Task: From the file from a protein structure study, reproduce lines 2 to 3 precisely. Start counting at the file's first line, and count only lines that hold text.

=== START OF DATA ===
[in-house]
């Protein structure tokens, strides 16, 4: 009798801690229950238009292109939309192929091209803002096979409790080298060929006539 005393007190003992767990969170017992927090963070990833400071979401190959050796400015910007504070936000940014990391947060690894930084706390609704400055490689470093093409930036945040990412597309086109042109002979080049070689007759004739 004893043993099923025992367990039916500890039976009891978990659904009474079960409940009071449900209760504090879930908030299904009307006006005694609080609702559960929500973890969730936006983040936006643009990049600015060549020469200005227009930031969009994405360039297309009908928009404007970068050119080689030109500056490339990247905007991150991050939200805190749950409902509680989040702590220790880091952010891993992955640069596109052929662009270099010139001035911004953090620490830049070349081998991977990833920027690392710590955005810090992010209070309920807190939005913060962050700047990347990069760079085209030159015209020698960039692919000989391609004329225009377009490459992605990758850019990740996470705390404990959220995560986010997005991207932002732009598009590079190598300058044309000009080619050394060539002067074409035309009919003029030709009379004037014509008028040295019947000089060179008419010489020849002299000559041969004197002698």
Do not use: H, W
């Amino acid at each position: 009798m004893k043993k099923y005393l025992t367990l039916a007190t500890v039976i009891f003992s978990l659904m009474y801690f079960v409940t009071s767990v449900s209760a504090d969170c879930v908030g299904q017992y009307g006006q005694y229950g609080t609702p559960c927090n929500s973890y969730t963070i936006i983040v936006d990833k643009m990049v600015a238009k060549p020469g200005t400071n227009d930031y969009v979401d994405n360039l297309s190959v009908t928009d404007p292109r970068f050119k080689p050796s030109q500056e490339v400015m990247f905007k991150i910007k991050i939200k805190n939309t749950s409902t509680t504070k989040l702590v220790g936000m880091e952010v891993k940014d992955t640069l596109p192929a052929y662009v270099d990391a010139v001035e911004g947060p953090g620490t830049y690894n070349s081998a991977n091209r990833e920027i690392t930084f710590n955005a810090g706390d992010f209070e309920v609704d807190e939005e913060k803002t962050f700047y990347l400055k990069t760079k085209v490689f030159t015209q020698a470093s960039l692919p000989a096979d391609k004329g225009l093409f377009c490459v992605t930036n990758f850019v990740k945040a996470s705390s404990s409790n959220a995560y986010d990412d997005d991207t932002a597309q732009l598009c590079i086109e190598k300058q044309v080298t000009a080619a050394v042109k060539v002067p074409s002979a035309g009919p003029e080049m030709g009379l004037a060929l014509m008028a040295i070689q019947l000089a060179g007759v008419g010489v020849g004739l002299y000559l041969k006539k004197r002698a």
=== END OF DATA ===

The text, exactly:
């Protein structure tokens, strides 16, 4: 009798801690229950238009292109939309192929091209803002096979409790080298060929006539 005393007190003992767990969170017992927090963070990833400071979401190959050796400015910007504070936000940014990391947060690894930084706390609704400055490689470093093409930036945040990412597309086109042109002979080049070689007759004739 004893043993099923025992367990039916500890039976009891978990659904009474079960409940009071449900209760504090879930908030299904009307006006005694609080609702559960929500973890969730936006983040936006643009990049600015060549020469200005227009930031969009994405360039297309009908928009404007970068050119080689030109500056490339990247905007991150991050939200805190749950409902509680989040702590220790880091952010891993992955640069596109052929662009270099010139001035911004953090620490830049070349081998991977990833920027690392710590955005810090992010209070309920807190939005913060962050700047990347990069760079085209030159015209020698960039692919000989391609004329225009377009490459992605990758850019990740996470705390404990959220995560986010997005991207932002732009598009590079190598300058044309000009080619050394060539002067074409035309009919003029030709009379004037014509008028040295019947000089060179008419010489020849002299000559041969004197002698």
Do not use: H, W